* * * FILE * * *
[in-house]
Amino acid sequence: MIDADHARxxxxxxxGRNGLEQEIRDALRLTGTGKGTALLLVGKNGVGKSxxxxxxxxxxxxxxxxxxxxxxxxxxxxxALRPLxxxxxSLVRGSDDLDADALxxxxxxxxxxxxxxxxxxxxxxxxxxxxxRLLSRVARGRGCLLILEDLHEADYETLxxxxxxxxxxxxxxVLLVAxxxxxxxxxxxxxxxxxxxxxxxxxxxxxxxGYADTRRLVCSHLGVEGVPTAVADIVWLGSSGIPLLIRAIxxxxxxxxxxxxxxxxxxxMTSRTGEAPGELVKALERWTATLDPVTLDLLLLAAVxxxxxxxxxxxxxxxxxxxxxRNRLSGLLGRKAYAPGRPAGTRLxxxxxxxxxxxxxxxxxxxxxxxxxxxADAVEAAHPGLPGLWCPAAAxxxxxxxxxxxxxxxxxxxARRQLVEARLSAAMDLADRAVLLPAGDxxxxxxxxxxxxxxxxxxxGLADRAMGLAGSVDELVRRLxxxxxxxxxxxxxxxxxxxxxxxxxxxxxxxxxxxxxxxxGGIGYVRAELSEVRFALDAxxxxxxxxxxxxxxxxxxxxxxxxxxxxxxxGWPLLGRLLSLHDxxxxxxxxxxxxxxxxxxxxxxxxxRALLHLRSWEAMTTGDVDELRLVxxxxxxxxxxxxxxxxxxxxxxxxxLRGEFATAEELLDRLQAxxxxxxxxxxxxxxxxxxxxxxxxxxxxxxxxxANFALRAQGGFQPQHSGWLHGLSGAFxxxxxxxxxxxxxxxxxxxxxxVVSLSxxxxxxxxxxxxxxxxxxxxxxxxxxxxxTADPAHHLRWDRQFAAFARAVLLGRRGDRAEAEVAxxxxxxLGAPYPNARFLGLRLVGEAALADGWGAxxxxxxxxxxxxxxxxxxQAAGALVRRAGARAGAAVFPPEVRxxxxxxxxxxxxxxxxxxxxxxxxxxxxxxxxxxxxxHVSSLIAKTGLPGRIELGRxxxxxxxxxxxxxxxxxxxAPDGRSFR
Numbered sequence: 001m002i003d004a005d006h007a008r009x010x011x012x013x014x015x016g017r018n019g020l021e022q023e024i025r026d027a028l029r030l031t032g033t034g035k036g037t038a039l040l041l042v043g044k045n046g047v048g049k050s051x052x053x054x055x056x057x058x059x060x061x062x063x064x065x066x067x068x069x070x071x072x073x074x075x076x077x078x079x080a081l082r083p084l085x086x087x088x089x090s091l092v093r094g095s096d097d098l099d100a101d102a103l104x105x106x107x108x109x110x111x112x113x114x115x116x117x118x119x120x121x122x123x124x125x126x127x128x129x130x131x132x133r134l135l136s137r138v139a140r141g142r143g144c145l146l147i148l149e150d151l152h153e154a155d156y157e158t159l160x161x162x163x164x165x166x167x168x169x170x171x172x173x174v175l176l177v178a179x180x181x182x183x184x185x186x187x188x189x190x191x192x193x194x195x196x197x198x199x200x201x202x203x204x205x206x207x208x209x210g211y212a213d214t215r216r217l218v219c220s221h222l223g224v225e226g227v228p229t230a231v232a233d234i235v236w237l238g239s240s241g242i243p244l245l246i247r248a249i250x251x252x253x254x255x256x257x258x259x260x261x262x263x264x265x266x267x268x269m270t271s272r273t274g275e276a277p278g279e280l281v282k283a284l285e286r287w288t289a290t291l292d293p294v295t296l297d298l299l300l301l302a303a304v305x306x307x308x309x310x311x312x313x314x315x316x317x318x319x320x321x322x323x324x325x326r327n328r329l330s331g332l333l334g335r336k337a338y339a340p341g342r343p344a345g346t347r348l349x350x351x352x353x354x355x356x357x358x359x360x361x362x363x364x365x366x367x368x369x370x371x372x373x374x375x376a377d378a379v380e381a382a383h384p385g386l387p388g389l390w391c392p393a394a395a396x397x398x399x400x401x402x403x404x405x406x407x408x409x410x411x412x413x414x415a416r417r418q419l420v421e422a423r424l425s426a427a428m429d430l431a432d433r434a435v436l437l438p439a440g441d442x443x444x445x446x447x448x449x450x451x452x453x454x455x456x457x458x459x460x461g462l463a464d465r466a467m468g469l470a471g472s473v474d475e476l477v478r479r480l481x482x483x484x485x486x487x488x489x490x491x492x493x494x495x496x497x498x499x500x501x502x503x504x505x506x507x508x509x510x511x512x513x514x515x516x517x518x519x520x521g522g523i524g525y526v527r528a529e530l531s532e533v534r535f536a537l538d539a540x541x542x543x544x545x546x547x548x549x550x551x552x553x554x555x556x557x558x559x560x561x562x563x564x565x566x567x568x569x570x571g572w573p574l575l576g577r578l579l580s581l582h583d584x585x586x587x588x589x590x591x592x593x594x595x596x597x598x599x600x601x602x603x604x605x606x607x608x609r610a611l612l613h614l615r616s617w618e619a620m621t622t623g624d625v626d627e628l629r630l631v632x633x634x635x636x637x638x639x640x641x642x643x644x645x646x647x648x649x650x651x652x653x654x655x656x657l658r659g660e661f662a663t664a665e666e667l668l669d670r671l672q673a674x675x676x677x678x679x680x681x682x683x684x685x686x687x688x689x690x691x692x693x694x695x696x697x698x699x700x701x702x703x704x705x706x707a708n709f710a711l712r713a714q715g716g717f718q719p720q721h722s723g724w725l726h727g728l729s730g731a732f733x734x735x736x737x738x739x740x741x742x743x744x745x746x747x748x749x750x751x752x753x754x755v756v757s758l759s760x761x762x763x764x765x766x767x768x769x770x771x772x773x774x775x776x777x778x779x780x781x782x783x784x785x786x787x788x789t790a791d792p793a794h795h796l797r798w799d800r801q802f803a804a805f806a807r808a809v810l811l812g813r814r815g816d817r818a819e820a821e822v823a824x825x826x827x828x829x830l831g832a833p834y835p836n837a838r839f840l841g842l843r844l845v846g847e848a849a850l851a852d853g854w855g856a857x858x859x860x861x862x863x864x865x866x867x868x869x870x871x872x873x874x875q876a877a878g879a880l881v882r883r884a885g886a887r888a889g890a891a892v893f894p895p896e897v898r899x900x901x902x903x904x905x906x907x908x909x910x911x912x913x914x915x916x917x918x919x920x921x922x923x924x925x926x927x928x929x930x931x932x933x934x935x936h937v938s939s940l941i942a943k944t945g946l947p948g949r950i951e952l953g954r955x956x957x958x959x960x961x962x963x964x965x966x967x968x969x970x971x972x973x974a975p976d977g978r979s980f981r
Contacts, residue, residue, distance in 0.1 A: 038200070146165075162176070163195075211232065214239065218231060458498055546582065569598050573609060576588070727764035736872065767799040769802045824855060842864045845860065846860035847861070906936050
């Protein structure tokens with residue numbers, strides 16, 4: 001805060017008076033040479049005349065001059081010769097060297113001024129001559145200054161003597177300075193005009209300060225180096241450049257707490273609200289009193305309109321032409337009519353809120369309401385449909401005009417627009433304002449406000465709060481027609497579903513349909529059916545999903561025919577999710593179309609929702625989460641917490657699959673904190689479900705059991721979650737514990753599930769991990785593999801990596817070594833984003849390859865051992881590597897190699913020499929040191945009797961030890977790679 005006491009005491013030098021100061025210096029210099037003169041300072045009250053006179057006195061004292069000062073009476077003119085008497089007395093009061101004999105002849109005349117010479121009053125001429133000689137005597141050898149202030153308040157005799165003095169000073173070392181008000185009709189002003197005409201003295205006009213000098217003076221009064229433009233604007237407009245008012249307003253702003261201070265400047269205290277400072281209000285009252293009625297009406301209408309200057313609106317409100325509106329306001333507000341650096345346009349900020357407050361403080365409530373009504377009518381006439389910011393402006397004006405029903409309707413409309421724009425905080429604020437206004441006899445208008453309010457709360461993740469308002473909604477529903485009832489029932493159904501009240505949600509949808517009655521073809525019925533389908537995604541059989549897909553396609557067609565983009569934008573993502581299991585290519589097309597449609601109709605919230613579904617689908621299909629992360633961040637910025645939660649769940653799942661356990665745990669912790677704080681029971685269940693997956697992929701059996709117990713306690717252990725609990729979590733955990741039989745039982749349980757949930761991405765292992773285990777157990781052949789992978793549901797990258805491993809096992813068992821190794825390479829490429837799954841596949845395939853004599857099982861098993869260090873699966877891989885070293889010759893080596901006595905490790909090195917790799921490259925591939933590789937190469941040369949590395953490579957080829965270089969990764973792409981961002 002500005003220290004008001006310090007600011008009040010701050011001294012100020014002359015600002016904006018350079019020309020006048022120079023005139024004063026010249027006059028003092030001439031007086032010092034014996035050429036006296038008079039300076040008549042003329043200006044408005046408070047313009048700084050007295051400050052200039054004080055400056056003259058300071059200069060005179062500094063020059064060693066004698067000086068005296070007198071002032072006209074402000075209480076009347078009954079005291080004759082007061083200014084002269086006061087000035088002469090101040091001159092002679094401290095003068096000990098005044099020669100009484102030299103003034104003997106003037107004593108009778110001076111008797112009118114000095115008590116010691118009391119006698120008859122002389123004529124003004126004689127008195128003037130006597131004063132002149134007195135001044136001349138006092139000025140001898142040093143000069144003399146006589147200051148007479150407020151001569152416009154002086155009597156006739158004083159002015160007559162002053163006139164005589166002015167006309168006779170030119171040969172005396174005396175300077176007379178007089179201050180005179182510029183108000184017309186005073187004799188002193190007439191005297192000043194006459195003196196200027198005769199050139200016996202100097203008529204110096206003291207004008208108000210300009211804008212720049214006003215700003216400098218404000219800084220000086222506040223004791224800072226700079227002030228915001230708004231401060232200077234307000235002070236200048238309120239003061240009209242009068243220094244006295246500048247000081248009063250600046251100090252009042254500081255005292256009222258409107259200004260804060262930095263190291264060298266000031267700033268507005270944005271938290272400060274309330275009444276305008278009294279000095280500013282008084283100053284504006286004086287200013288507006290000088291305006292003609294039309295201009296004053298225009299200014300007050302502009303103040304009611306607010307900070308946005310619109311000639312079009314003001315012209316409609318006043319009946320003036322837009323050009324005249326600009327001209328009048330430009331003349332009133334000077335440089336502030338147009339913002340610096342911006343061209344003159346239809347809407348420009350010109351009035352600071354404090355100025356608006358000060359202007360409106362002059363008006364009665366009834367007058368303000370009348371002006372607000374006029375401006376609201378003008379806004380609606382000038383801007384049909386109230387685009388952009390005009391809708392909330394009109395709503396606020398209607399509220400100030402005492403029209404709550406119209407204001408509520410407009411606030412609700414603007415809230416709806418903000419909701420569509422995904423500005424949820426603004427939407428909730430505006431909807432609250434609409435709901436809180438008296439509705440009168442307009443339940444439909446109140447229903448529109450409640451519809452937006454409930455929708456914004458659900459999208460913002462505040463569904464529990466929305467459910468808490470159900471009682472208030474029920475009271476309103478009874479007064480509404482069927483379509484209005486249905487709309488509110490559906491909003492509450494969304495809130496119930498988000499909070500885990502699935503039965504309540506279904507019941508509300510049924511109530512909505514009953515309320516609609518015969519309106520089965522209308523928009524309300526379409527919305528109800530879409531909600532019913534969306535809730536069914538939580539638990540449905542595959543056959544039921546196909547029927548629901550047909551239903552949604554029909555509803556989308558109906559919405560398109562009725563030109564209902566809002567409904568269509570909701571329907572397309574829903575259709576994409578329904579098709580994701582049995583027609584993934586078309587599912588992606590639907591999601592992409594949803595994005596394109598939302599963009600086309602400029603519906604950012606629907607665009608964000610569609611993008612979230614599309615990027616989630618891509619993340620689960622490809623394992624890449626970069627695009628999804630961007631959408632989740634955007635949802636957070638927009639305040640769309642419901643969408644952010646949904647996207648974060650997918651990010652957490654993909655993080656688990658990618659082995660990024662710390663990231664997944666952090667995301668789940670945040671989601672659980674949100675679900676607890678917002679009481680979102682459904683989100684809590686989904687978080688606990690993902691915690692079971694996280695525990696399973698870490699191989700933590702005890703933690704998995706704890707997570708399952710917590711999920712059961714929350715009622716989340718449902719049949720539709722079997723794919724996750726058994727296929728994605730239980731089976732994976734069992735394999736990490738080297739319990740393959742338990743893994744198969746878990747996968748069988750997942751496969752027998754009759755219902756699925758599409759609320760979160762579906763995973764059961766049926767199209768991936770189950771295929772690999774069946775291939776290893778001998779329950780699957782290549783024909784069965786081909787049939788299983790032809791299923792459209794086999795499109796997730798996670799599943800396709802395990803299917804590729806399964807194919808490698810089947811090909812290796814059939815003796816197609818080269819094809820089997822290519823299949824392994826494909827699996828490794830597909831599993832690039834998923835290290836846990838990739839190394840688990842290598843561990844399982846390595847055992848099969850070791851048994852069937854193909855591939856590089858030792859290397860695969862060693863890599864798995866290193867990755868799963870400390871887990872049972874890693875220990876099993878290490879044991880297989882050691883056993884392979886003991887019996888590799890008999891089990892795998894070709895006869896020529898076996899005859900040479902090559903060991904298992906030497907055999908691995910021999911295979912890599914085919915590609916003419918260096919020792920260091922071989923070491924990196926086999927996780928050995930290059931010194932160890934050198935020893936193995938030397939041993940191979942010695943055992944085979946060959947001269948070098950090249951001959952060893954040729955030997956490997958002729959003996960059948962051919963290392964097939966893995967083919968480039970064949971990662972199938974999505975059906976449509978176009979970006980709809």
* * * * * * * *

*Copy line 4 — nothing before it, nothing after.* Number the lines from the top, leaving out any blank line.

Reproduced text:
Contacts, residue, residue, distance in 0.1 A: 038200070146165075162176070163195075211232065214239065218231060458498055546582065569598050573609060576588070727764035736872065767799040769802045824855060842864045845860065846860035847861070906936050